Although the entry has not been printed in Guinness editions since 1991, several sources claim that she has recorded thousands of songs, with estimates ranging up to figures as large as 50,000.[24][25] However, even the earliest Guinness claim of 25,000 songs (between 1948–1974) was claimed to be exaggerated by several other sources, with one of them stating that the number of songs sung by Lata Mangeshkar in Hindi films till 1991 was found to be 5250.[26][27][28] Mangeshkar herself stated that she does not keep a record of the number of songs recorded by her, and that she did not know from where Guinness Book editors got their information.[29] In 2011 Bhosle was officially acknowledged by Guinness as the most recorded artist in music history, surpassing Mangeshkar.[6]

See also

References

  1. ^ “Lata Mangeshkar”. The Times of India. December 10, 2002. http://timesofindia.indiatimes.com/articleshow/30899862.cms. Retrieved 2009-07-22.
  2. ^ Yasmeen, Afshan (September 21, 2004). “Music show to celebrate birthday of melody queen”. The Hindu. http://www.hindu.com/lf/2004/09/21/stories/2004092114010200.htm. Retrieved 2009-08-19.
  3. ^ Lata Mangeshkar given Bharat Ratna The Hindu
  4. ^ a b Raju Bharatan (23 August 2006). “How fair were they to Mohammed Rafi?: Page 7”. Rediff.com. http://specials.rediff.com/movies/2006/aug/23sld7.htm. Retrieved 2007-04-28.
  5. ^ Nerurkar, Vishwas (in Hindi). Swarasha (1948-1994). Mumbai: Vasanti P. Nerukar.
  6. ^ a b Banerjee, Soumyadipta (2011-10-22). “It’s a world record for Asha Bhosle”. DNA India. http://www.dnaindia.com/entertainment/report_its-a-world-record-for-asha-bhosle_1601969. Retrieved 2011-10-23.
  7. ^ Harish Bhimani (1995). In search of Lata Mangeshkar. Indus. ISBN 9788172231705.
  8. ^ a b c d e f g h i Khubchandani, Lata (2003). Gulzar, Govind Nihalani, Saibal Chatterjee. ed. Encyclopaedia of Hindi Cinema. Popular Prakashan. pp. 486–487. ISBN 8179910660.
  9. ^ Bharatan, Raju (1995). Lata Mangeshkar: A Biography. UBS Publishers Distributors. ISBN 978-8174760234.
  10. ^ “Kavi Pradeep, master of the patriotic song, dies at 84”. Rediff.com. 1998-12-11. http://www.rediff.com/news/1998/dec/11kavi.htm. Retrieved 2010-11-04.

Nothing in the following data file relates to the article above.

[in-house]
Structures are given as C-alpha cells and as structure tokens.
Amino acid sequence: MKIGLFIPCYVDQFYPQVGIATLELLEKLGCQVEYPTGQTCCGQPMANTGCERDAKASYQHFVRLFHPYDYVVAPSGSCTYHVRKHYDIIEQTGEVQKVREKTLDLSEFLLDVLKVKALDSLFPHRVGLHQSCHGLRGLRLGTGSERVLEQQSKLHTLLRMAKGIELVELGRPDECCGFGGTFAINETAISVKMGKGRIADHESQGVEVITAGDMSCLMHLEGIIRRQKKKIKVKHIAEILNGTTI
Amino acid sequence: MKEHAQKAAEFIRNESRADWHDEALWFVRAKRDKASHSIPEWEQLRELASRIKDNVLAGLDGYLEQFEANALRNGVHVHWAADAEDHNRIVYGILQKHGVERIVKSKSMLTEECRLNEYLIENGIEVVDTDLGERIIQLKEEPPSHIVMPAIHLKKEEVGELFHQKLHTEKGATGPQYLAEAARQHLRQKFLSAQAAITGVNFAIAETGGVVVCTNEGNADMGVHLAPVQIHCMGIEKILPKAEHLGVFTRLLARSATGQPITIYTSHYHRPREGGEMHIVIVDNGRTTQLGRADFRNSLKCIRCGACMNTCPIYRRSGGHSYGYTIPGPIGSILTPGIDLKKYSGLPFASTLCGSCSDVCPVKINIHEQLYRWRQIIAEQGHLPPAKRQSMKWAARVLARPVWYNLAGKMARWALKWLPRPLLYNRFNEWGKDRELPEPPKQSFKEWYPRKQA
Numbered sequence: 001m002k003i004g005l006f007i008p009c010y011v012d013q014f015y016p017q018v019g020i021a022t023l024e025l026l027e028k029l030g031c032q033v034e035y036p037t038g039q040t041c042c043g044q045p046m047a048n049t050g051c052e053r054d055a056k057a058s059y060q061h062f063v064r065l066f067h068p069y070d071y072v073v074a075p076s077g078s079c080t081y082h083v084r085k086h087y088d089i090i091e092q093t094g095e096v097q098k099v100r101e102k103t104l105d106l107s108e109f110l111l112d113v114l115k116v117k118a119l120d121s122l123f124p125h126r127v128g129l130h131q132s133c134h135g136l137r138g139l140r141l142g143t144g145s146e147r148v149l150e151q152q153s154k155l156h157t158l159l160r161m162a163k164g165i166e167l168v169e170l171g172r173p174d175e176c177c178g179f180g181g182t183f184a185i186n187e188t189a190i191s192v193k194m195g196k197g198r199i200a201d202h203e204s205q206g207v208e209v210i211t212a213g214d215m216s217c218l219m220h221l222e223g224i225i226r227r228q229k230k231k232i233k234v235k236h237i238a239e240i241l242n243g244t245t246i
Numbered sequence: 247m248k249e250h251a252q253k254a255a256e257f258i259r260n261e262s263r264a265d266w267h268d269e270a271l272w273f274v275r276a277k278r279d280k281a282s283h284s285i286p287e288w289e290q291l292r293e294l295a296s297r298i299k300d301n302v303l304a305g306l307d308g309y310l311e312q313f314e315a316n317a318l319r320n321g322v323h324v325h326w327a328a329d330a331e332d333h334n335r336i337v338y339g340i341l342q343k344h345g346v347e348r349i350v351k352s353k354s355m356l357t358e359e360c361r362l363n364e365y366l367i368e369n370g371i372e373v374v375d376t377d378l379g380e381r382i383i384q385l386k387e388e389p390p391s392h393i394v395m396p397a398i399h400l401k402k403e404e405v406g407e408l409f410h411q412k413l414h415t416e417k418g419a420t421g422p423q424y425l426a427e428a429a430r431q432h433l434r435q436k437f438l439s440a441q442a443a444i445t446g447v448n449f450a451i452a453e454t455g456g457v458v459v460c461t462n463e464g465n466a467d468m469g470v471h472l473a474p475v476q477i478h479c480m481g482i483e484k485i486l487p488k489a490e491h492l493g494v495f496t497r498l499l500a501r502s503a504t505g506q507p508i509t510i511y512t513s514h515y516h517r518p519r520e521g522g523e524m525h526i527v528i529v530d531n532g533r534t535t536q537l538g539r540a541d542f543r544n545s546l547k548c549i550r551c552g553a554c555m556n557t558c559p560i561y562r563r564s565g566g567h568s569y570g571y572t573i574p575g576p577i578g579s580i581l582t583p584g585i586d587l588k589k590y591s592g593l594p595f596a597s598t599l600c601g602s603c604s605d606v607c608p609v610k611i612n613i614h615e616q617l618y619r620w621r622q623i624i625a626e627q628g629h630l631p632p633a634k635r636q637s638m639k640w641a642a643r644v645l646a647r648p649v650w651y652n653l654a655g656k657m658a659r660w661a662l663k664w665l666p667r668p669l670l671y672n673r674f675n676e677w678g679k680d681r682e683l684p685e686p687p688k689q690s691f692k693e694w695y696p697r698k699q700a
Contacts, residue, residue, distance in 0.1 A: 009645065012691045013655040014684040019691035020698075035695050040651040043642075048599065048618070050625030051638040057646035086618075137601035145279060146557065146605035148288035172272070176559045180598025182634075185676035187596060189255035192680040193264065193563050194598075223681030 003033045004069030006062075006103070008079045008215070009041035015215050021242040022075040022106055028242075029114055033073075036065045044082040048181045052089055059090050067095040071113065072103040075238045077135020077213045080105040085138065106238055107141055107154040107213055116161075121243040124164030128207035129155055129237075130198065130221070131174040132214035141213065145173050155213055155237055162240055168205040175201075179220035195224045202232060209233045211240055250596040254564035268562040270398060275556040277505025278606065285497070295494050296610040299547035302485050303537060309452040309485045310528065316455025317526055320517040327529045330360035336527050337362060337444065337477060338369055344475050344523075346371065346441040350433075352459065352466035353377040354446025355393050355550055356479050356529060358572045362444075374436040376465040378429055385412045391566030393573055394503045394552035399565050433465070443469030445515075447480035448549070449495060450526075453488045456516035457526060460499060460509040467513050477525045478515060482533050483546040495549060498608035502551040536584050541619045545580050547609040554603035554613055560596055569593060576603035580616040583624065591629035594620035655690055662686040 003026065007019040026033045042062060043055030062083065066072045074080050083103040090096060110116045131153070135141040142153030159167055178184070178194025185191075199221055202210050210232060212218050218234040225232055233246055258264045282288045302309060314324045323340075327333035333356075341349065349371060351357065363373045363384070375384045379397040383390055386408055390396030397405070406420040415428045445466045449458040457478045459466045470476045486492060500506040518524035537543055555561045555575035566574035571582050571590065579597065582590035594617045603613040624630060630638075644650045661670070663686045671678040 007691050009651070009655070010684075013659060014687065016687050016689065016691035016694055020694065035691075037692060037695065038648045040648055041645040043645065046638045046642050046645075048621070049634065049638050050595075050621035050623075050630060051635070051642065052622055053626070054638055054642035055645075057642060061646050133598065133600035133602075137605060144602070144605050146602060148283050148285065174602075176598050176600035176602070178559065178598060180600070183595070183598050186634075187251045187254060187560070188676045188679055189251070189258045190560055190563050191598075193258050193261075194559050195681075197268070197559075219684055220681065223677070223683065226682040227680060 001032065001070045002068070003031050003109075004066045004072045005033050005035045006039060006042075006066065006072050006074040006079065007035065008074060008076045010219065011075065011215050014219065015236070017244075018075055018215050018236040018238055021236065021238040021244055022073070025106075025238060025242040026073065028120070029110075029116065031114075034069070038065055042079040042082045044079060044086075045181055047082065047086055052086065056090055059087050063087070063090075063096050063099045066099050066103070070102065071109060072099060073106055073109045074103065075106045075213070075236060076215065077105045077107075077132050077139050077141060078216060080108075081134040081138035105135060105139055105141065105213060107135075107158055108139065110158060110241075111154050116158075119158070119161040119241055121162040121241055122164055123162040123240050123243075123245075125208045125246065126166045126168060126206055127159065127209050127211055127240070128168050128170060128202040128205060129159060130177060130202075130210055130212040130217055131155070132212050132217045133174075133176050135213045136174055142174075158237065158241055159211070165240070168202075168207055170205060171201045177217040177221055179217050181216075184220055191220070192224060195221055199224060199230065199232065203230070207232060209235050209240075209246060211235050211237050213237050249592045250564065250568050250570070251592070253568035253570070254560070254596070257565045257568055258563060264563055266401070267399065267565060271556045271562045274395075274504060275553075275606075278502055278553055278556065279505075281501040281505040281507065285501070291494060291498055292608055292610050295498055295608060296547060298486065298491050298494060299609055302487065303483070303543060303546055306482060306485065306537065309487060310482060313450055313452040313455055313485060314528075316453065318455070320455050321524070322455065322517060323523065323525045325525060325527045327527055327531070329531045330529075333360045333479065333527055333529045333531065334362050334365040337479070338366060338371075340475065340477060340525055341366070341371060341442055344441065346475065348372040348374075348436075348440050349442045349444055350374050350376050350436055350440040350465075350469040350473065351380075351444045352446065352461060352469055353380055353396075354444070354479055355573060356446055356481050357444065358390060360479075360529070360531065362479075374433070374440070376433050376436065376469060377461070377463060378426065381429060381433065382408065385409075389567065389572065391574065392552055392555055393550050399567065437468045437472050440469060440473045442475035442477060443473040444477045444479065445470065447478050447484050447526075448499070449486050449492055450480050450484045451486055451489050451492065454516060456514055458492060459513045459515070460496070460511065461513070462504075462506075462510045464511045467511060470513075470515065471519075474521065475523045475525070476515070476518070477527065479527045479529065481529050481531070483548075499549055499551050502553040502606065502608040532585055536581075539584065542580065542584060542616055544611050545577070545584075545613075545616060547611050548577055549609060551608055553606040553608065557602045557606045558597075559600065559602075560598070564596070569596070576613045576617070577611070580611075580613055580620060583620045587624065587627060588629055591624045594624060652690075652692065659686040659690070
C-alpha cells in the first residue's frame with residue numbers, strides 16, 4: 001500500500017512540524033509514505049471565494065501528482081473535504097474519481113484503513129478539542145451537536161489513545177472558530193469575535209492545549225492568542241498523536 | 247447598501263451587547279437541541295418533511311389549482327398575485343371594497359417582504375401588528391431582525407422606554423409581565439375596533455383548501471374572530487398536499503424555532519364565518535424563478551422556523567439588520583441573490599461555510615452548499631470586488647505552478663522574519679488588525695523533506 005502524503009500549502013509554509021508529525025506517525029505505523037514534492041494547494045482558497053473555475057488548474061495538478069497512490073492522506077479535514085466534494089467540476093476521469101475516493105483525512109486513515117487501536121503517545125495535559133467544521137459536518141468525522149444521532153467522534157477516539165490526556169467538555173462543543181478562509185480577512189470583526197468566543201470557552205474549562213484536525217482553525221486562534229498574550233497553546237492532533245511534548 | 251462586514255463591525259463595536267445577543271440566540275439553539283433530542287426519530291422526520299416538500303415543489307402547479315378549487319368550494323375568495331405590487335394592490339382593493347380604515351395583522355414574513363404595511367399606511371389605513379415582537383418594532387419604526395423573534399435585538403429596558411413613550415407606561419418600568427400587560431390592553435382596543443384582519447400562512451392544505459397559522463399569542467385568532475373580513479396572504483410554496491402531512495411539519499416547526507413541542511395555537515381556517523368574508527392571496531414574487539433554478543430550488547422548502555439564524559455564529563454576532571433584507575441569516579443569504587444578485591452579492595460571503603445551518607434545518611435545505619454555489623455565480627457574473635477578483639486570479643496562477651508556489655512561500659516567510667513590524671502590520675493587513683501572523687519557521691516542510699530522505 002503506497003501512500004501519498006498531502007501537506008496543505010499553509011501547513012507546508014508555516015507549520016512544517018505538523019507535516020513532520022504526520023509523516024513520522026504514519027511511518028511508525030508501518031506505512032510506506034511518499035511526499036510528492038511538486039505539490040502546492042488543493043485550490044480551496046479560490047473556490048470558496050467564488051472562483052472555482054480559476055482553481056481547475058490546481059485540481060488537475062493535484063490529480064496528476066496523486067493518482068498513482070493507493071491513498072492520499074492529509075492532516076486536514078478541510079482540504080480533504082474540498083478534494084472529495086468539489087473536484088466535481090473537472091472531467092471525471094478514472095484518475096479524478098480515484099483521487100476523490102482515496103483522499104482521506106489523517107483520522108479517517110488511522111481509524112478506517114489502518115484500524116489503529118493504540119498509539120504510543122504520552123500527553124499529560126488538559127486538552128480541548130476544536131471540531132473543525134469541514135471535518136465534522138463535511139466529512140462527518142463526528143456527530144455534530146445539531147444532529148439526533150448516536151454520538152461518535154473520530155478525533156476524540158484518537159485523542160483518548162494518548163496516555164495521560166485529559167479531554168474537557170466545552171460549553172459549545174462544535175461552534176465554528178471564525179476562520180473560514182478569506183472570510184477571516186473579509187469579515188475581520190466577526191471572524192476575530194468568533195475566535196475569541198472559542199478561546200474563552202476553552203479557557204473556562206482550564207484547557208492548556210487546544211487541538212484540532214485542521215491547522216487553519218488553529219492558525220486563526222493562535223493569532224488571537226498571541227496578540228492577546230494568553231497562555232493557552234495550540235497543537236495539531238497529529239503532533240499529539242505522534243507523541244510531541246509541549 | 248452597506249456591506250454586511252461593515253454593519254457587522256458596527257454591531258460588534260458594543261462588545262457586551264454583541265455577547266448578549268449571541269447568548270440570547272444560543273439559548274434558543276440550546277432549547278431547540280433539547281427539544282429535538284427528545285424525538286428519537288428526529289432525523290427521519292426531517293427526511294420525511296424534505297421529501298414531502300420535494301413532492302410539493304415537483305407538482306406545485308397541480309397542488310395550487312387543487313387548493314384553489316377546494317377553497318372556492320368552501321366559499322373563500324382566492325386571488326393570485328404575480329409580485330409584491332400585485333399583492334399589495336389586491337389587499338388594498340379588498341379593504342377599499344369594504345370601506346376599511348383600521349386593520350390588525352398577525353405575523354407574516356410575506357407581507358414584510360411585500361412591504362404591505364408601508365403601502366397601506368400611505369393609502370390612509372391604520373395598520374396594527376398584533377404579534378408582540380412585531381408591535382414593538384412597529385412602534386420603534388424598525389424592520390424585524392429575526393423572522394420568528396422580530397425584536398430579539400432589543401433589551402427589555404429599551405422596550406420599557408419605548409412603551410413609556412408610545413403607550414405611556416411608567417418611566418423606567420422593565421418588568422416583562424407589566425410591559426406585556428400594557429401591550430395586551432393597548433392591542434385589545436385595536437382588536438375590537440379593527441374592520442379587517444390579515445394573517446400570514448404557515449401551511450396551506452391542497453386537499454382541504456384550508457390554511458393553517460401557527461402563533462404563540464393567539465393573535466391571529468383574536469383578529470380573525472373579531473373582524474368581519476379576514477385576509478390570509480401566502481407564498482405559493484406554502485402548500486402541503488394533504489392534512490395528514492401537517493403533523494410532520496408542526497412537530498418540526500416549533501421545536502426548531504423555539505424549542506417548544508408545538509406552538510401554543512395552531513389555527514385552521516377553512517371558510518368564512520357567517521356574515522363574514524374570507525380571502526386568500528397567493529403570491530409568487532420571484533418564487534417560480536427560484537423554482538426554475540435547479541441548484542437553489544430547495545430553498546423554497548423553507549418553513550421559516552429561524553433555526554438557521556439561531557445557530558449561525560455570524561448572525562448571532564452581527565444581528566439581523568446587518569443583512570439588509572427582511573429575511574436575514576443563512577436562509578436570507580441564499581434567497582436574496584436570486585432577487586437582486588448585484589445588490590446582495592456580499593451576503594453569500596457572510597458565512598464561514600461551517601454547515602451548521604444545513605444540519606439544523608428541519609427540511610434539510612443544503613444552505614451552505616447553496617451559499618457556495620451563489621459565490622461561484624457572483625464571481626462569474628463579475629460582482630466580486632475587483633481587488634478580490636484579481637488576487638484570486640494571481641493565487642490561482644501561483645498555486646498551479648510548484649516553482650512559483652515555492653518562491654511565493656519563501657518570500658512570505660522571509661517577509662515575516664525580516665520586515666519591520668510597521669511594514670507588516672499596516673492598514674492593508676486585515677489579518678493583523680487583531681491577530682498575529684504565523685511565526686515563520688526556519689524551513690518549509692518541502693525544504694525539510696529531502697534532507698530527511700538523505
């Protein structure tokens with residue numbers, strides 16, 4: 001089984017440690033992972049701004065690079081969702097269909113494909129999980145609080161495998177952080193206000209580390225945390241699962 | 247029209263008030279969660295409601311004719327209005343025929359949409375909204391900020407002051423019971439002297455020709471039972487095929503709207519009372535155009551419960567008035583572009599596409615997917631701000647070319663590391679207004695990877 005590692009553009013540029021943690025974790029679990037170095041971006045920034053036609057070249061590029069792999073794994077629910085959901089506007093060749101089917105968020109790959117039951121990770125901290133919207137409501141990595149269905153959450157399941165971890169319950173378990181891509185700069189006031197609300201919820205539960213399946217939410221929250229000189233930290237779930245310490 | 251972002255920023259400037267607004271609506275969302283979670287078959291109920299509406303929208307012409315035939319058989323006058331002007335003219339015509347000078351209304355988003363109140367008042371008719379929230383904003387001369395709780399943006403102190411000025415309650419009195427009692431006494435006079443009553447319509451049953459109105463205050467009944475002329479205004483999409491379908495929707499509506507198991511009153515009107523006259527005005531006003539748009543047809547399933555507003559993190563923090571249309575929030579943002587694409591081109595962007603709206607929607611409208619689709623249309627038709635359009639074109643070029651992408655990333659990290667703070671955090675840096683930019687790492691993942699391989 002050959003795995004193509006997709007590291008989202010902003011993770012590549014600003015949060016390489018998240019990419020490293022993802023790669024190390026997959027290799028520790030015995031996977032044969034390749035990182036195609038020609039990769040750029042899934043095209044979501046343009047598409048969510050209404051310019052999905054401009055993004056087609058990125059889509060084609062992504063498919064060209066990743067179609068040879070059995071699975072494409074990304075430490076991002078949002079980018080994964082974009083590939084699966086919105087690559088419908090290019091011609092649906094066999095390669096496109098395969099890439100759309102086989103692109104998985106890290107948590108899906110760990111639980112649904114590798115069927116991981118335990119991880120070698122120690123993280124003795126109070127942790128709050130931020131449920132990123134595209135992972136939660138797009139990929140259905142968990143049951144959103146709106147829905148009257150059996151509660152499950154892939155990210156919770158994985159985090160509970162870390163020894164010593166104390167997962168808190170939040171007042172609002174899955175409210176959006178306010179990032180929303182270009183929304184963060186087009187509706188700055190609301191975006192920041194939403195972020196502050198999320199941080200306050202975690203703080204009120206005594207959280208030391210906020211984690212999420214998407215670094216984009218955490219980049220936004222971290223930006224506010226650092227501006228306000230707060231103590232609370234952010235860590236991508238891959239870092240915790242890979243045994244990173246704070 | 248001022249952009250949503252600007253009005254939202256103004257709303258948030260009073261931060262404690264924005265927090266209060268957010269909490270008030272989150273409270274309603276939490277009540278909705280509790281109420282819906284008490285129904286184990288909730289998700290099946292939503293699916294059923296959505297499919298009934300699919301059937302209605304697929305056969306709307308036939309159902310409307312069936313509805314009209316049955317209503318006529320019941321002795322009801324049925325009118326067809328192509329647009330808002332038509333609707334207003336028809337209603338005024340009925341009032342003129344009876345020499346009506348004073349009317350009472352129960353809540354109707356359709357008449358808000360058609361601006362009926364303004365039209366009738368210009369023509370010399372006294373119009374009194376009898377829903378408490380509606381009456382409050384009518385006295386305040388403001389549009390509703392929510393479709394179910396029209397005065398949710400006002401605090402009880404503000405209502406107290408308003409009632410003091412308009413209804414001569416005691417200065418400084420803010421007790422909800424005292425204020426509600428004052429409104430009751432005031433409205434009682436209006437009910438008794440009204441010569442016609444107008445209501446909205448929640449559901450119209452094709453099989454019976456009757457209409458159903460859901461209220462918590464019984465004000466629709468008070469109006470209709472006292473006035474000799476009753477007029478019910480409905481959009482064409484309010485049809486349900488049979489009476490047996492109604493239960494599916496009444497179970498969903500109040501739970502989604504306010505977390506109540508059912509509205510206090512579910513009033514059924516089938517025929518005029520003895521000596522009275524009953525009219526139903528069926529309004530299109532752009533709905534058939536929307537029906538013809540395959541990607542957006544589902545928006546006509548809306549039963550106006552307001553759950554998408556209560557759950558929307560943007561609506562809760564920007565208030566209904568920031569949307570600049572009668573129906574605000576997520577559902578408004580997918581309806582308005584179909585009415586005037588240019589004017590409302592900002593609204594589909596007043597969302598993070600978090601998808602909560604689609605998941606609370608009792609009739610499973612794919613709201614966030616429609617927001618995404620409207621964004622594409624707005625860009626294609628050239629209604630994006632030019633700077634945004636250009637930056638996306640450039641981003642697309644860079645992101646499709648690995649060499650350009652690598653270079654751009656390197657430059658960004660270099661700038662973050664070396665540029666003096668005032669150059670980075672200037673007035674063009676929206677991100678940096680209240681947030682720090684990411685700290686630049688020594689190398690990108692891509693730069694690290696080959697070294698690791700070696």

11. ^ Suparn Verma (November 3, 1999). “A perfume called Lata”. Rediff.com. http://www.rediff.com/entertai/1999/nov/03lata.htm. Retrieved 2007-08-13.
  12. ^ “Nominated Members of the Rajya Sabha”. Rajya Sabha Secretariat, Government of India. Archived from the original on 2007-09-27. http://web.archive.org/web/20070927182238/http://rajyasabha.gov.in/publ/pandp/book2.htm. Retrieved 2007-08-13.
  13. ^ a b Viral Bhayani (November 29, 2002). “Unequal music”. The Times of India. http://timesofindia.indiatimes.com/articleshow/29780945.cms. Retrieved 2007-08-13.
  14. ^ “Straight Answers”. The Times of India. March 2, 2003. http://timesofindia.indiatimes.com/articleshow/39009721.cms. Retrieved 2007-08-13.
  15. ^ “Leave me alone, says Lata”. The Times of India. March 5, 2003. http://timesofindia.indiatimes.com/articleshow/39305376.cms. Retrieved 2007-08-13.
  16. ^ “Lata Mangeshkar’s jewellery collection raises quake relief funds”. November 28, 2005. http://www.indiaglitz.com/channels/hindi/article/18569.html. Retrieved 2007-08-13.
  17. ^ “Lata Mangeshkar launches new album ‘Saadgi'”. Daily News & Analysis. June 21, 2007. http://www.dnaindia.com/report.asp?NewsID=1105020. Retrieved 2007-08-13.
  18. ^ http://www.businessofcinema.com/news.php?newsid=13412
  19. ^ http://ibnlive.in.com/news/song-for-corporate-to-be-used-in-heroine/199753-8-66.html
  20. ^ “BFI, Lata Mangeshkar”. http://ftvdb.bfi.org.uk/sift/individual/83243.
  21. ^ “Stage set for felicitation of Lata with Maharashtra Bhushan award”. The Indian Express. http://www.indianexpress.com/ie/daily/19971119/32350123.html. Retrieved 2009-12-02.
  22. ^ Raju Bharatan (23 August 2006). “How fair were they to Mohammed Rafi?: Page 6”. Rediff.com. http://specials.rediff.com/movies/2006/aug/23sld6.htm. Retrieved 2007-04-28.
  23. ^ Puri, Amit (February 24, 2003). “Dedicated to Queen of Melody”. The Tribune, Chandigarh. http://www.tribuneindia.com/2003/20030224/login/music.htm. Retrieved 2009-08-18.
  24. ^ Chopra, Yash (28 September 2004). “The nightingale of India turns 75”. BBC News. http://news.bbc.co.uk/2/hi/south_asia/3696042.stm. Retrieved 2007-08-13.